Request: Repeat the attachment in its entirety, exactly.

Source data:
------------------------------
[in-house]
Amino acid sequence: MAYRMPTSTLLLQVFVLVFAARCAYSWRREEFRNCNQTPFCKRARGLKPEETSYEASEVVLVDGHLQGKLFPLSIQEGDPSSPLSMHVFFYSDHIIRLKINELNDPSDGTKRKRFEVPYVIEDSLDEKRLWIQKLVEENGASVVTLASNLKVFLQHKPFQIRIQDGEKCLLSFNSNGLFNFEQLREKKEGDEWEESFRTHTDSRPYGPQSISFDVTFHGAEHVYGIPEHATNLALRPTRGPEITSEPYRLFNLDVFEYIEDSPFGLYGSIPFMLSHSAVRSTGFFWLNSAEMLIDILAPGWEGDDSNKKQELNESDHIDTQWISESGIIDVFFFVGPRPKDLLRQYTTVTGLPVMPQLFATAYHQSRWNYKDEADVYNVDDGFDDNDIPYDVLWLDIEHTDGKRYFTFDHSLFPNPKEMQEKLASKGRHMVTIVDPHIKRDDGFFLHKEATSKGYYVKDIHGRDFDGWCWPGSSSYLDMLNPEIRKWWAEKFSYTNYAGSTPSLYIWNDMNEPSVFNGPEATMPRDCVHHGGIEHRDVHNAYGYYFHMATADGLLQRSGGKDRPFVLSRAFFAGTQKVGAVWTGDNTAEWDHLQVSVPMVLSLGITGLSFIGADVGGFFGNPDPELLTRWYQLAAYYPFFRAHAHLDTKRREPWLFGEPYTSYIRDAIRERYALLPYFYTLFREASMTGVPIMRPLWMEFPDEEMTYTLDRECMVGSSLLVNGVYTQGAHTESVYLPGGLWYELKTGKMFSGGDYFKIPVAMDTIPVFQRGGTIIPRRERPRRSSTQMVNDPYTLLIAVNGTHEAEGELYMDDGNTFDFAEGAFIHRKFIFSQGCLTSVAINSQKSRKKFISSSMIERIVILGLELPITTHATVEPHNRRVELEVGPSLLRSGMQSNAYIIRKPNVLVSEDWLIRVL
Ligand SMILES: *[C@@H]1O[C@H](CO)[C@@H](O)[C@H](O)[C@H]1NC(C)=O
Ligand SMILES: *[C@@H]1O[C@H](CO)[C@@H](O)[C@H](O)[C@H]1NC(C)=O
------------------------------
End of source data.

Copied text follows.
[in-house]
Amino acid sequence: MAYRMPTSTLLLQVFVLVFAARCAYSWRREEFRNCNQTPFCKRARGLKPEETSYEASEVVLVDGHLQGKLFPLSIQEGDPSSPLSMHVFFYSDHIIRLKINELNDPSDGTKRKRFEVPYVIEDSLDEKRLWIQKLVEENGASVVTLASNLKVFLQHKPFQIRIQDGEKCLLSFNSNGLFNFEQLREKKEGDEWEESFRTHTDSRPYGPQSISFDVTFHGAEHVYGIPEHATNLALRPTRGPEITSEPYRLFNLDVFEYIEDSPFGLYGSIPFMLSHSAVRSTGFFWLNSAEMLIDILAPGWEGDDSNKKQELNESDHIDTQWISESGIIDVFFFVGPRPKDLLRQYTTVTGLPVMPQLFATAYHQSRWNYKDEADVYNVDDGFDDNDIPYDVLWLDIEHTDGKRYFTFDHSLFPNPKEMQEKLASKGRHMVTIVDPHIKRDDGFFLHKEATSKGYYVKDIHGRDFDGWCWPGSSSYLDMLNPEIRKWWAEKFSYTNYAGSTPSLYIWNDMNEPSVFNGPEATMPRDCVHHGGIEHRDVHNAYGYYFHMATADGLLQRSGGKDRPFVLSRAFFAGTQKVGAVWTGDNTAEWDHLQVSVPMVLSLGITGLSFIGADVGGFFGNPDPELLTRWYQLAAYYPFFRAHAHLDTKRREPWLFGEPYTSYIRDAIRERYALLPYFYTLFREASMTGVPIMRPLWMEFPDEEMTYTLDRECMVGSSLLVNGVYTQGAHTESVYLPGGLWYELKTGKMFSGGDYFKIPVAMDTIPVFQRGGTIIPRRERPRRSSTQMVNDPYTLLIAVNGTHEAEGELYMDDGNTFDFAEGAFIHRKFIFSQGCLTSVAINSQKSRKKFISSSMIERIVILGLELPITTHATVEPHNRRVELEVGPSLLRSGMQSNAYIIRKPNVLVSEDWLIRVL
Ligand SMILES: *[C@@H]1O[C@H](CO)[C@@H](O)[C@H](O)[C@H]1NC(C)=O
Ligand SMILES: *[C@@H]1O[C@H](CO)[C@@H](O)[C@H](O)[C@H]1NC(C)=O